I was interested to read How to Reverse an Animated GIF

convert water-forward.gif -coalesce -reverse -quiet -layers OptimizePlus -loop 0 water-reversed.gif

So gave it a quick try.  The result wa fine, but my 228kb gif was 1.1 MB in reverse. So I had a wee look art the gifsicle man page and ended up after a few tries with:

gifsicle -U stairs01.gif "#-1-0" --colors 32 -O3 -o downstairsR.gif

249kb

animated gif from black and white film reversed so woman appears to walk down the stairs
I can’t recall when I made the original gif and which film I took it from.

I’ve been having a wee play with the p5.js web editor.

p5 .js is a JavaScript library that starts with the original goal of Processing, to make coding accessible for artists, designers, educators, and beginners, and reinterprets this for today’s web. Using the original metaphor of a software Sketchbook, p5 .js has a full set of drawing functionality. However, you’re not limited to your drawing canvas, you can think of your whole browser page as your sketch! For this, p5 .js has addon libraries that make it easy to interact with other HT ML5 objects, including text, input, video, webcam, and sound.

I’ve occasionally dipped my toe into processing and found it good fun.

Over the summer I’ve seen a stream of tweets and instagram posts from Tom Smith which got me interested in p5.js.

I don’t really have much of a clue but have had a bit of fun. Especially when I found you can use a library with p5.js to export gifs. The feature image on this post is one made by my sketch: Classy bramble skulls 4. This one has a background image, some animation, the mid-ground, the sleeper and computer and then the window frame which are drawn. If I had though I’d have used 3 image layers sandwiching 2 animation ones. Early days.

There seems to be a ton of learning material available and it is easy to duplicate interesting p5.js sketches to edit and play around with. (The school holidays are not long enough;-))

I do like a gif. I like to make them in all sorts of ways. Recently I’ve been messing about with Live Photos. The mac Photos app will export gifs from these but they are huge. To my mind a gif should be as small as possible. The other problem wit Live photos is my hands tend to move. Today I tried the iOS app Motion Stills:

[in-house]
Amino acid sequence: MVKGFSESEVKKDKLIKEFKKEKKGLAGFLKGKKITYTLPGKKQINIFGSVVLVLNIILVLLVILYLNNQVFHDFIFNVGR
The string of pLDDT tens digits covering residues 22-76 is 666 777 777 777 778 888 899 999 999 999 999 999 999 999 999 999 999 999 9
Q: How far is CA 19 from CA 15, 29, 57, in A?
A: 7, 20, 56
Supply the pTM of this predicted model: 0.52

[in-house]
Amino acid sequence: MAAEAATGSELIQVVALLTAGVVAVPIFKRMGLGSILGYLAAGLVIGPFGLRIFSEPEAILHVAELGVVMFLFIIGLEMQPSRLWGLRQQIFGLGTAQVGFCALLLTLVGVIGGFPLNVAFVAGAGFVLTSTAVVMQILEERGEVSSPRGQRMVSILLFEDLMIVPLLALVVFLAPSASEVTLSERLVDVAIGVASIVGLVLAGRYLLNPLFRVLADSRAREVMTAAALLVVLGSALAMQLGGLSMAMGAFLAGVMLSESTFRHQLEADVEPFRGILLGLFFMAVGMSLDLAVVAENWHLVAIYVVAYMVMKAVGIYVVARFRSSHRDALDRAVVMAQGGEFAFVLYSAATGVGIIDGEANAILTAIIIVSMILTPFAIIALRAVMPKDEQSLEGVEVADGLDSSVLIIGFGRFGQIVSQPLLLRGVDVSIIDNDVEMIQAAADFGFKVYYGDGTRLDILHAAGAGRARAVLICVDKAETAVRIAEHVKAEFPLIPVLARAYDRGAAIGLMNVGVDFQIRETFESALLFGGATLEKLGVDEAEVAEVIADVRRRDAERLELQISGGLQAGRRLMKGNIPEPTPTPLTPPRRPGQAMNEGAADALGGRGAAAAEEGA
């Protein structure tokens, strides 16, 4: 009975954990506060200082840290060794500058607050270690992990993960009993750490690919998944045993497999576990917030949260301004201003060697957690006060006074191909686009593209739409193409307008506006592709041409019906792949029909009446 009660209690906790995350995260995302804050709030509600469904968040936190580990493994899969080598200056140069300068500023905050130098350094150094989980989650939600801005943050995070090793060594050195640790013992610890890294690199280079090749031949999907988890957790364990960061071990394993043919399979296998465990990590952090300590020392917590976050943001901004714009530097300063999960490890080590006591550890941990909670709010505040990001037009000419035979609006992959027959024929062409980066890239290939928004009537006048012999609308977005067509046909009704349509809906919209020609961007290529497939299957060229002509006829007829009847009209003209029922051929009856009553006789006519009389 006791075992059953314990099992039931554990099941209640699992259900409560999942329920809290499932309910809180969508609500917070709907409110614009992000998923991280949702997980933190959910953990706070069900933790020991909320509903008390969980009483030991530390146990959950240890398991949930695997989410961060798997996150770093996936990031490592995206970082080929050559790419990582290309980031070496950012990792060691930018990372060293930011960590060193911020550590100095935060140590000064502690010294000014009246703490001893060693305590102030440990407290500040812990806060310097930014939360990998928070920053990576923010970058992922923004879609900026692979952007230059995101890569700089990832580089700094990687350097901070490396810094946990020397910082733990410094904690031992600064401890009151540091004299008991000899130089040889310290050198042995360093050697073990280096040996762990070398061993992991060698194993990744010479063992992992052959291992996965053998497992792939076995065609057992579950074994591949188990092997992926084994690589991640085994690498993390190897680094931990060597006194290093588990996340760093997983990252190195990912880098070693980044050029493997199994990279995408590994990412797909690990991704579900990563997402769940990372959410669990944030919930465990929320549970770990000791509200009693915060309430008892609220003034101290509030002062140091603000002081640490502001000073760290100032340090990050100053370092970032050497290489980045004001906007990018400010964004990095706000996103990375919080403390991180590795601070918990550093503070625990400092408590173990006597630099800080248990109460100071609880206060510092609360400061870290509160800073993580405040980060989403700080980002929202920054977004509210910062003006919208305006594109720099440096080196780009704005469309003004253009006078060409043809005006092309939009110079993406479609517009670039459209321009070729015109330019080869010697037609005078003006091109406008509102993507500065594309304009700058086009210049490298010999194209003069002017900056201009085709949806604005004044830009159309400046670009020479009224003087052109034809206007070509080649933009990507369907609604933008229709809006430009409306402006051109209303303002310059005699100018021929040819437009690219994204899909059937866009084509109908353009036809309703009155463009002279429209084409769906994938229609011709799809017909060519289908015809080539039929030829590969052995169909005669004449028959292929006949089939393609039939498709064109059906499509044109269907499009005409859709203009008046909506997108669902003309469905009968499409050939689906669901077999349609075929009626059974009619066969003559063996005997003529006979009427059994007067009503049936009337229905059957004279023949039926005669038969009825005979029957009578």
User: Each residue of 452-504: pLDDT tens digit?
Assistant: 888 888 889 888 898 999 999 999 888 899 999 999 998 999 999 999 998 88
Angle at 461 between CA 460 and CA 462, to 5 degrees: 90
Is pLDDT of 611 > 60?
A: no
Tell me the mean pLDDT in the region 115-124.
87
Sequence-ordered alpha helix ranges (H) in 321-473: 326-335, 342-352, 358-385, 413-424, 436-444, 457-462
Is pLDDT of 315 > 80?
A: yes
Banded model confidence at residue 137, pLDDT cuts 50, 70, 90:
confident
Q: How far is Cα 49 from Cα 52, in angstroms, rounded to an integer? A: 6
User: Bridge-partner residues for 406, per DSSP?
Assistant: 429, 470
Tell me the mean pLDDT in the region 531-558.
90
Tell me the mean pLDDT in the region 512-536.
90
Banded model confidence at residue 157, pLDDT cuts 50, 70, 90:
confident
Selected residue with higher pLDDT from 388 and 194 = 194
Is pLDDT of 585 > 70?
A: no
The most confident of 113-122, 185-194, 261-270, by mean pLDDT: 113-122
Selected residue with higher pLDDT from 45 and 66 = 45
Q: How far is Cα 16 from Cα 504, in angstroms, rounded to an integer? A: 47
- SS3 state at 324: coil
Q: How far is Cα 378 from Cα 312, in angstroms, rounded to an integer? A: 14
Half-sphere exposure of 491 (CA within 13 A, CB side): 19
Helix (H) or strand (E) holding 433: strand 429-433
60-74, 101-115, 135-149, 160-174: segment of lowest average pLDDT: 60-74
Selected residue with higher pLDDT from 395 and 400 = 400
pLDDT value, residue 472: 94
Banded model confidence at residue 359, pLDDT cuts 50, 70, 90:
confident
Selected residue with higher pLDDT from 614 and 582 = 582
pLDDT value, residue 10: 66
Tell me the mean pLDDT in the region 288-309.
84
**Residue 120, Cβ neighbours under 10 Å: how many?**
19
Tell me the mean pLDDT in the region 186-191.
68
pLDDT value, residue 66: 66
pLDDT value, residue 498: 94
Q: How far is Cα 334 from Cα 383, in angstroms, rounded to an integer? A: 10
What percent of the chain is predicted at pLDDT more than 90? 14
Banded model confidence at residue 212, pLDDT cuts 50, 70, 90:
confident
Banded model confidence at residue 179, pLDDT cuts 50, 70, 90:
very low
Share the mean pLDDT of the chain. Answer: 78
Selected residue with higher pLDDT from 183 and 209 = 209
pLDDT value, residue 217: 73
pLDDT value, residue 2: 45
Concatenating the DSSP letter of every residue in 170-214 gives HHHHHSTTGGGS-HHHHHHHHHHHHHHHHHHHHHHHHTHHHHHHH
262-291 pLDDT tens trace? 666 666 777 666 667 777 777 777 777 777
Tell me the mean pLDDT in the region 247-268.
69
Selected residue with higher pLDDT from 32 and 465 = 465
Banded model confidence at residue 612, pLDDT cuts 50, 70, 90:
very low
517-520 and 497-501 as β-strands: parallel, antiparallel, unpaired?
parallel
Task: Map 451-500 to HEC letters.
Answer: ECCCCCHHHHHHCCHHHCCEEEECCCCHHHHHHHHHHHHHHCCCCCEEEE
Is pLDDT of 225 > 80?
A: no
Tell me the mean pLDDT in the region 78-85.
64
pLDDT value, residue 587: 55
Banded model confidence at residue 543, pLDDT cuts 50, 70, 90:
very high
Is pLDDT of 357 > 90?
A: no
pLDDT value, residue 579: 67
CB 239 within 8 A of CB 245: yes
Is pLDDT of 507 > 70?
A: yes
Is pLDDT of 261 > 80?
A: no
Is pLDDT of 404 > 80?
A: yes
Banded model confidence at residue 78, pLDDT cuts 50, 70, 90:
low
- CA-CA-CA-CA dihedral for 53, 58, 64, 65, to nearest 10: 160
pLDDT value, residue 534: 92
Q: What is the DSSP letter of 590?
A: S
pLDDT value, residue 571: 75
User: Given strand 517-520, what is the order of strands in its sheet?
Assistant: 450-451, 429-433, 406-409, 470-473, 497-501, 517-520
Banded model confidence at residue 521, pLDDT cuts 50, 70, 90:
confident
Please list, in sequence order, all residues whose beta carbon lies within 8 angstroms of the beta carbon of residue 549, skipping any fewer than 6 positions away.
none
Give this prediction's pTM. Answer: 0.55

Motion Stills is an app from Google Research that uses advanced stabilization and rendering to turn your Live Photos and videos into GIFs

The only problem is that the files are pretty big. I took a photo of a squirrel in the botanic gardens this morning and ran it through the app. The stabilisation was great but the file size for the image was 8.7MB for a 480 × 360 image!

I decided to see if I could shrink it a little and got it down to 331kb. This is how:

  1. I opened in the Gif in FireWorks
  2. The gif had 54 frames at 3/100 of a second and one at 6/100 of a second. I deleted every second frame and doubled the length of each.
  3. The gif was set to have an exact pallet with 256 colours, i changed that to Adaptive and 128 colours.
  4. I set the loss to 20%
  5. I made a new layer which was shared across the frames. copied the first frame to that layer and cut out a space for the squirrel in the top layer. This froze most of the image except for the squirrel.

The featured image of this post is the shrunken gif.

 

This gif exported from looped live photo in Photos app. 640 x 479 & weighed in at 12.9 MB

This one was exported from Fireworks, branches frozen, 600 x 449, colours taken down to 128 and loss set to 128. it is 841KB according to the finder. ♥︎ Fireworks, even as it fades.